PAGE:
Unbroken

Many filmmakers as of late have derived from the individuals that dominate in front of the camera; the likes of Ben Affleck, George Clooney, and Sean Penn are the core examples that come to mind, capturing the awe of a much more mainstream audience due to the status they have collected for themselves. Although such a feat is nothing new in Hollywood cinema, as even back in the days of Buster Keaton that such a transition has been demonstrated to the masses. Even gender wouldn’t break any modern waves due to the fact that Lena Dunham and Sarah Polley have been taking on the responsibilities from behind the camera, although the former not so much as of late, shrinking herself down to the size of television. Therefore the arrival of Angelina Jolie shouldn’t necessarily be as impressive as it seems, but neither of those two mentioned filmmakers could possibly gain the immediacy and hype within such a competitive studio system as Jolie, since the turn of the century, she has gained popularity and have utilised it to better use than most, and now with the position of behind the camera, one could imagine the capabilities of such a woman display a voice through an embraced medium.

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As of yet, risks have yet to be taken by the actor turned director, Jolie still gaining a reputation and confidence for her future within the system, hoping to prove that she is able to collect financial profit whilst being able to display a captivating story; for me to note on her debut film, In the Land of Blood and Honey would be difficult since I have yet to see it and know very little of it, aside from the fact that she was deeply involved in the project, acting as also writer and producer. Unbroken, her follow-up film, finds herself in a tale more patriotic and uplifting, with a premise that is obvious in its bait for something substantial and “Oscar worthy”, now distant from the actual writing process, placed in the hands of notable names such as the Coen Brothers and Richard LaGravenese, a decision that I felt was lacking that sense of passion in Jolie’s execution, despite her actual affection and admiration for the film’s subject. Along the way, she was also able to recruit such worthy names like Alexandre Desplat on the musical score and Roger Deakins as her director of photography, an assembly of names that should leave many of us coming into it with high hopes as very few, especially from an up-and-coming director, could gain such a crew.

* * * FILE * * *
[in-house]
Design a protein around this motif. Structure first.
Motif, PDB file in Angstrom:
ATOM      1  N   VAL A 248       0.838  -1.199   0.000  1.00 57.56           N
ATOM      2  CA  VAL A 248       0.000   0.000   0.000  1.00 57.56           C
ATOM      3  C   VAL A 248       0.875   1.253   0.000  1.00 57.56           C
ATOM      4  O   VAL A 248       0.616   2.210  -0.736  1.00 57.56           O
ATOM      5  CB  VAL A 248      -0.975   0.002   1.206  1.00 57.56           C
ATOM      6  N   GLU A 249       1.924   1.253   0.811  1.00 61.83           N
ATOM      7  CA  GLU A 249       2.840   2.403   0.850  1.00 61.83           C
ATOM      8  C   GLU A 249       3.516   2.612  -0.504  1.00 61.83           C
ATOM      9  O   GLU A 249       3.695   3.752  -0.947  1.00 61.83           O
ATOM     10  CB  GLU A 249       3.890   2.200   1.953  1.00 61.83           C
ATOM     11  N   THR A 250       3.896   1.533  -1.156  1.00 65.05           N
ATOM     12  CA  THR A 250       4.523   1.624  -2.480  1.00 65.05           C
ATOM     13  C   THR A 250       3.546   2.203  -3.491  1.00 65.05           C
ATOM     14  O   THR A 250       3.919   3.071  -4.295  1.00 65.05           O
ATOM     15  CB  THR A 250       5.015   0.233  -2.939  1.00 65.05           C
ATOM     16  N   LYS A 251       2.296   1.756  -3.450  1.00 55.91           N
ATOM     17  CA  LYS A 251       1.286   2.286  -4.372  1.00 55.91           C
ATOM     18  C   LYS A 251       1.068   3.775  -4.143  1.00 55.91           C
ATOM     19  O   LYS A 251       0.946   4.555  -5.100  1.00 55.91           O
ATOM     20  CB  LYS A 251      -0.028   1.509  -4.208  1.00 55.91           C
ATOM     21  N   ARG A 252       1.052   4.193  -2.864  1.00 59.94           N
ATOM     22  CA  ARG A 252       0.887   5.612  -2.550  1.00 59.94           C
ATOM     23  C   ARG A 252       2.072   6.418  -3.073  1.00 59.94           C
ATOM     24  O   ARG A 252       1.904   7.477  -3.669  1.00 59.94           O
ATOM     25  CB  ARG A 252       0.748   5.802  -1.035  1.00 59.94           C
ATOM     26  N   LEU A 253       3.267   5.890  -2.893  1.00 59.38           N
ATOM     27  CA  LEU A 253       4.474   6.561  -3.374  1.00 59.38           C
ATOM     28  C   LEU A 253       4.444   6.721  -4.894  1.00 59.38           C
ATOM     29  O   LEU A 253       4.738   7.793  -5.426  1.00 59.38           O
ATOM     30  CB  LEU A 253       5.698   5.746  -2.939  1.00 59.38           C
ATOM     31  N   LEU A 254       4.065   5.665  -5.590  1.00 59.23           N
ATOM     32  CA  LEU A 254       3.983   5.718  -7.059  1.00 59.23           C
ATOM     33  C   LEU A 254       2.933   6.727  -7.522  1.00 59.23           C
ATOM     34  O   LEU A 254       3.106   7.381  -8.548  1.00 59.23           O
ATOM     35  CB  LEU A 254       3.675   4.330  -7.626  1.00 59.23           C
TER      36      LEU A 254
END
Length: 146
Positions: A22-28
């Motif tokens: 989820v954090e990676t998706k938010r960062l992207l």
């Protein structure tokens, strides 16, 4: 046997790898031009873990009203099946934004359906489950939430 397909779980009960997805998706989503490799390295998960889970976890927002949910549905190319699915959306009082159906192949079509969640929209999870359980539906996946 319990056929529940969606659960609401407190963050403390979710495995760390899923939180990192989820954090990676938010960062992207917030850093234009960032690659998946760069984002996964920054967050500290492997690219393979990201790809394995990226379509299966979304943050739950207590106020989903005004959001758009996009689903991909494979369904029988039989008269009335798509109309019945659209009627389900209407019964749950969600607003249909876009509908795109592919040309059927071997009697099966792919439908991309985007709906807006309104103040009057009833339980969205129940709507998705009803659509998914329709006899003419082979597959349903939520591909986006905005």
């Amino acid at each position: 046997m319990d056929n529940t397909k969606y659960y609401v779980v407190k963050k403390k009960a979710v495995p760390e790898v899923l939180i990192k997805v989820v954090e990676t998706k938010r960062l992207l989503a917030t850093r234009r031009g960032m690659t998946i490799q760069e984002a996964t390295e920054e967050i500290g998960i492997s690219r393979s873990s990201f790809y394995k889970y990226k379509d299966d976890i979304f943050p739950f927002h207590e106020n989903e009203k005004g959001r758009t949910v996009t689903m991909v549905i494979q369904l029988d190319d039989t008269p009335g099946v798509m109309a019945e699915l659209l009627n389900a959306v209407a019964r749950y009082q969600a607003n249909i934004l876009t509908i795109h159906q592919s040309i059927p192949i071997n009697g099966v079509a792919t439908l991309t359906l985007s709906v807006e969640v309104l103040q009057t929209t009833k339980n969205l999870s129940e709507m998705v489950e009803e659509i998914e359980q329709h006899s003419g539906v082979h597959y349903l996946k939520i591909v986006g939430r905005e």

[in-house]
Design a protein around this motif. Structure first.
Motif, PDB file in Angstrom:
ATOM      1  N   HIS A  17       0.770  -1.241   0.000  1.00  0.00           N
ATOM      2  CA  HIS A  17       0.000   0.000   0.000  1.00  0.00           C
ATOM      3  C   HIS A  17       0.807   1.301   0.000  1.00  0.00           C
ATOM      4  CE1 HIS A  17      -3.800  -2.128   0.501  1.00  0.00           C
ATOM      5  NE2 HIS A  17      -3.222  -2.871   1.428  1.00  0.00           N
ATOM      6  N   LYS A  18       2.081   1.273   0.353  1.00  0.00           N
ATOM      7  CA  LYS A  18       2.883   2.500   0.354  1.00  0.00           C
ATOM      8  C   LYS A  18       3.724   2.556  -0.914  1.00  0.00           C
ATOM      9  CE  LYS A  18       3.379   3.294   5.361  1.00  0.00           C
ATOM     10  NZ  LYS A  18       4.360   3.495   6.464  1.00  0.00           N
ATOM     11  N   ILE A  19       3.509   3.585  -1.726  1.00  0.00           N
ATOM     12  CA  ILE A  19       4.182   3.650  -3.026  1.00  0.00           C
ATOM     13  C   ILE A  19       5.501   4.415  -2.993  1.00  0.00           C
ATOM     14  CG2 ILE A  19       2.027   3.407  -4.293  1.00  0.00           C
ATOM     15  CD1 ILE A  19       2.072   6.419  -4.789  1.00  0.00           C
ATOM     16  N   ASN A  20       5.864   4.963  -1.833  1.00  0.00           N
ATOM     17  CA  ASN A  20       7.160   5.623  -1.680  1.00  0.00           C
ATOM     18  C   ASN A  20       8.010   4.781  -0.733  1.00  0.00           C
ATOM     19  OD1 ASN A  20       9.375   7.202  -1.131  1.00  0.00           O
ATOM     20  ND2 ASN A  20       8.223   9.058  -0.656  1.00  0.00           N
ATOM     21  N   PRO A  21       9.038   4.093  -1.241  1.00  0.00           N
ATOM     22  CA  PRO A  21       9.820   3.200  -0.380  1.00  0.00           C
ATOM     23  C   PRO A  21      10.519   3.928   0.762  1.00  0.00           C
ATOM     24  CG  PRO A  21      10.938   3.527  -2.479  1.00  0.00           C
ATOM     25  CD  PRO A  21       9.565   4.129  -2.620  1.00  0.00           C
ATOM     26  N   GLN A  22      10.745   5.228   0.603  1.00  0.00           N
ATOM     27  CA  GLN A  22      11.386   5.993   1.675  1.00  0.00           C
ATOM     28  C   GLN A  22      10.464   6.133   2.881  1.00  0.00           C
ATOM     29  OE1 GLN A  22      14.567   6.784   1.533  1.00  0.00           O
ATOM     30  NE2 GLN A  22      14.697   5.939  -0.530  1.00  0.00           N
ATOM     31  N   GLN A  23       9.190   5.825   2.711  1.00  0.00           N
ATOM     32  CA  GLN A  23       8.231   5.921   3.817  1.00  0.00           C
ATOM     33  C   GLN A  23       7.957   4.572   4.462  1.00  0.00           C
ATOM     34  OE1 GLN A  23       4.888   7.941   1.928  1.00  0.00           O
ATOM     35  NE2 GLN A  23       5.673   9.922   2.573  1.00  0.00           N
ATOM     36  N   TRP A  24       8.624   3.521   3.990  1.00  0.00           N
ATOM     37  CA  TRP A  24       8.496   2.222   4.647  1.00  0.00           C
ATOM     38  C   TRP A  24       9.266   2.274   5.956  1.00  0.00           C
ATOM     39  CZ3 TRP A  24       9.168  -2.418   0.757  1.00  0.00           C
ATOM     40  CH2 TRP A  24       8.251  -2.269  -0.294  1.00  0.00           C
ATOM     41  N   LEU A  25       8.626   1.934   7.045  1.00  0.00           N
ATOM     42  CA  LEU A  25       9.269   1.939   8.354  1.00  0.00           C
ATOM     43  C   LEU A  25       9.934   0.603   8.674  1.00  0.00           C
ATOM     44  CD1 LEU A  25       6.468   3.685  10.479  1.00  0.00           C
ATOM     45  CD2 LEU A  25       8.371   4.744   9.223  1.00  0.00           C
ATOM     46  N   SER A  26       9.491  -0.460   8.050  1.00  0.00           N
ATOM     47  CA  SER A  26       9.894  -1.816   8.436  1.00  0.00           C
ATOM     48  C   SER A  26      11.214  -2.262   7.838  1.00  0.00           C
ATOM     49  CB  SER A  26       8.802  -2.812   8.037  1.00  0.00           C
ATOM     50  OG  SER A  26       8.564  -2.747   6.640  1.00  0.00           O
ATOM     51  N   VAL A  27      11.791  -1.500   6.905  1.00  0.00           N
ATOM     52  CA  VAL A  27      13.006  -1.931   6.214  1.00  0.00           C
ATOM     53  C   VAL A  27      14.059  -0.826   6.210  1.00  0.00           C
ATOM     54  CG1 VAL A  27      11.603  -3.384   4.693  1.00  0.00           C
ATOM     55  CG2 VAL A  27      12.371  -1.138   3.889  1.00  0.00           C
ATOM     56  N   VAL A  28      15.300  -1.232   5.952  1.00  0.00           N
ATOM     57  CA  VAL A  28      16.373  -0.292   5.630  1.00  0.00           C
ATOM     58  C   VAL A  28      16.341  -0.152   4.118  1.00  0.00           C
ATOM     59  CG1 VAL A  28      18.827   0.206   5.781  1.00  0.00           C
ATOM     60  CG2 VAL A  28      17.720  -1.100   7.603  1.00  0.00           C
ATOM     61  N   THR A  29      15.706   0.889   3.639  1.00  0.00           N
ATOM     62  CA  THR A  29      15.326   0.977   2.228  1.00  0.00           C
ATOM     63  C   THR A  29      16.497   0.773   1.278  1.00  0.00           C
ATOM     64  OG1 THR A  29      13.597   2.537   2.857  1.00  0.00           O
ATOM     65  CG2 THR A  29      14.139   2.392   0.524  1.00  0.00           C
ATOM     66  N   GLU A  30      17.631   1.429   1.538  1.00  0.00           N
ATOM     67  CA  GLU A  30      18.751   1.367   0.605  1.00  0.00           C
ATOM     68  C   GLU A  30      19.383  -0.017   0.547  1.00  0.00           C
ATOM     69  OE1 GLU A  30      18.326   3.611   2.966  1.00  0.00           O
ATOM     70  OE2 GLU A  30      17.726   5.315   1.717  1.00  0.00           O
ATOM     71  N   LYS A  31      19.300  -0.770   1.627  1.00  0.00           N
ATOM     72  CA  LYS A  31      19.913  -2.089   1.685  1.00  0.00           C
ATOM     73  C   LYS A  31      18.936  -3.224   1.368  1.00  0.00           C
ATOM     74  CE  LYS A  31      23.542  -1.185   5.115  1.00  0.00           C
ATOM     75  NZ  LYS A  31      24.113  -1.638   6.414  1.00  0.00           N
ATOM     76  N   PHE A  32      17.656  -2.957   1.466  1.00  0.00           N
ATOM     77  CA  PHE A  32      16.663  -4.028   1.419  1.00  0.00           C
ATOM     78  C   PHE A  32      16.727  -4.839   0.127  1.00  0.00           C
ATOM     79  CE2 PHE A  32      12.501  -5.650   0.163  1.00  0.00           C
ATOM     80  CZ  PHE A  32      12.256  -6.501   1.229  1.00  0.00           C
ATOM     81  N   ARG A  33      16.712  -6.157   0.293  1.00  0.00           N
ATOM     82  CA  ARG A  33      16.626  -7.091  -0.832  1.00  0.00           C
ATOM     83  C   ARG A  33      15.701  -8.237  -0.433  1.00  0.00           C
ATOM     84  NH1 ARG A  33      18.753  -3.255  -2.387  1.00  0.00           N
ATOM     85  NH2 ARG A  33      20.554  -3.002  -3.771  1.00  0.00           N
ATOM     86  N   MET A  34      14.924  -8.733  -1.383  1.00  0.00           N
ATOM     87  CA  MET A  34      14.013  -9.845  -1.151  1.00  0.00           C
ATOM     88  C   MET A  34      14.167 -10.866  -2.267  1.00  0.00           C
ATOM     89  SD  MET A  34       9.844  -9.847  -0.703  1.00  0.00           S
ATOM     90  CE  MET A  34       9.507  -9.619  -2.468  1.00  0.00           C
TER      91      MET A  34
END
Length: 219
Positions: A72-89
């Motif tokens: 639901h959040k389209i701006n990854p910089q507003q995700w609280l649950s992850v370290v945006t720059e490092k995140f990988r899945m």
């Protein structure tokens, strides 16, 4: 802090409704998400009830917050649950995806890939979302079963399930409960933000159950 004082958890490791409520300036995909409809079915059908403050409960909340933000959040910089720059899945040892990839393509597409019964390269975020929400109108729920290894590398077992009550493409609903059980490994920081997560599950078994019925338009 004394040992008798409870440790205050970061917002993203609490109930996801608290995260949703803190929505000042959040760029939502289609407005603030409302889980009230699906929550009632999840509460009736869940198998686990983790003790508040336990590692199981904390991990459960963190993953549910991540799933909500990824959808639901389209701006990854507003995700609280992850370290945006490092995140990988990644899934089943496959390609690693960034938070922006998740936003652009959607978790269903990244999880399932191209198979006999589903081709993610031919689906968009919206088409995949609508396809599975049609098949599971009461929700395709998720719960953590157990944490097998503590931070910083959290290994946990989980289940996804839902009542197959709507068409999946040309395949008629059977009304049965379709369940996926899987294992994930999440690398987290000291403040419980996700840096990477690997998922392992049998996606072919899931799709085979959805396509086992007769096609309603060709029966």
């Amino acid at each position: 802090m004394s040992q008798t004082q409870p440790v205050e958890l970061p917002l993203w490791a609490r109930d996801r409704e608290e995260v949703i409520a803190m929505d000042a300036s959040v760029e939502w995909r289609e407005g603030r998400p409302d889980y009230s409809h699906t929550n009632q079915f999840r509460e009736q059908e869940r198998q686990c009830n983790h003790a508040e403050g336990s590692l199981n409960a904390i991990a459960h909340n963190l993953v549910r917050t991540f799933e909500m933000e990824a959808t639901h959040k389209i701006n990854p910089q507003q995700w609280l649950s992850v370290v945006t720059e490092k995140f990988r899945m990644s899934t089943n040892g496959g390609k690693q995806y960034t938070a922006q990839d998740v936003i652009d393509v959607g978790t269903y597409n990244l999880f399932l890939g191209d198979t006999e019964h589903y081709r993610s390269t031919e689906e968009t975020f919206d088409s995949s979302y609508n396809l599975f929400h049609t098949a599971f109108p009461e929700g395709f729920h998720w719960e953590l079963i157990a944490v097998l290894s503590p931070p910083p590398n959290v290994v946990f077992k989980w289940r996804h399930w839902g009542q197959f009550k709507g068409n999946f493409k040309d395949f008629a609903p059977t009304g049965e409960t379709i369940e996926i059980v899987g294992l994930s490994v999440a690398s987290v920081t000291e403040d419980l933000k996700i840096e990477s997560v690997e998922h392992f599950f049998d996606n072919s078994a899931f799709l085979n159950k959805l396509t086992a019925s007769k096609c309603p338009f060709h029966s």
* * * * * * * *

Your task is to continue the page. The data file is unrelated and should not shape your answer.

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As expected, the film’s technicalities are immaculate with Deakins photography taking on a pristine gloss, filled with many of its ambitious sequences with competent visual effects, accompanied with the capable score by Desplat that aims to amplify the narrative’s emotional beats; but unfortunately the Jolie’s sentimental execution of its most crucial moments, whether they may be its moment of redemption or suffering for the protagonist, it finds itself at its most traditional, close to unbearably loathe worthy, dampening the overall effects of Jolie’s collaborators and instead of gaining the sense of respect and admiration for her intended subject, her audience instead becomes distant from him as the idea of being manipulated to feel for the central character is deeply frustrating; at times stripping him of his human quality that allows for empathy, instead leaving us with a forced sense of sympathy that becomes as painful and as bombarding as the cruel strikes of its primary antagonist, a Japanese Prison Sergeant.